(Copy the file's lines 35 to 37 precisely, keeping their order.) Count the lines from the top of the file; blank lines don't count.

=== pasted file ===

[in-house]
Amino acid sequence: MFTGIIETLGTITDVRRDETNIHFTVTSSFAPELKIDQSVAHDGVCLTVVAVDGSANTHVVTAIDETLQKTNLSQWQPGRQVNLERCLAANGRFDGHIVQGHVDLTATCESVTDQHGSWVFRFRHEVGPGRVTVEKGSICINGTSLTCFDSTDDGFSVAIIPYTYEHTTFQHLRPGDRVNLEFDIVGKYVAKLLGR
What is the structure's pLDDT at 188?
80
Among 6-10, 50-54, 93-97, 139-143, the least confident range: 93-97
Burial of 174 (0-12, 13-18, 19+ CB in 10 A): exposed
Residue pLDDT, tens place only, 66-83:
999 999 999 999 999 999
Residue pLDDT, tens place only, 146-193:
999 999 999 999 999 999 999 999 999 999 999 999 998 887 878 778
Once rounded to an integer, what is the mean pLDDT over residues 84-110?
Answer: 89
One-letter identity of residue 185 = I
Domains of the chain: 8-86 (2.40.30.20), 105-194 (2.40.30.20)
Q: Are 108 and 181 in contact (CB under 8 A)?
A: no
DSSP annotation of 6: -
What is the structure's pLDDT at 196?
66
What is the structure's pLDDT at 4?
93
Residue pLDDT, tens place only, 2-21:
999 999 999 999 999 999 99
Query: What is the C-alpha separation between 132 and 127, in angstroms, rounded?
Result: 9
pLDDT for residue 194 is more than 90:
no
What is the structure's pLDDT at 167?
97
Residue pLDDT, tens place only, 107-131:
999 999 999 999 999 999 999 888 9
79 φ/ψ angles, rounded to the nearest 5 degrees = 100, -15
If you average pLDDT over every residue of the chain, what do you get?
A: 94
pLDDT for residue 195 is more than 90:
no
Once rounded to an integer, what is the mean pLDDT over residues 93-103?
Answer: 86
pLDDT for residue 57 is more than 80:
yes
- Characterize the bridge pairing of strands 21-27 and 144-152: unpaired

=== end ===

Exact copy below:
pLDDT for residue 195 is more than 90:
no
Once rounded to an integer, what is the mean pLDDT over residues 93-103?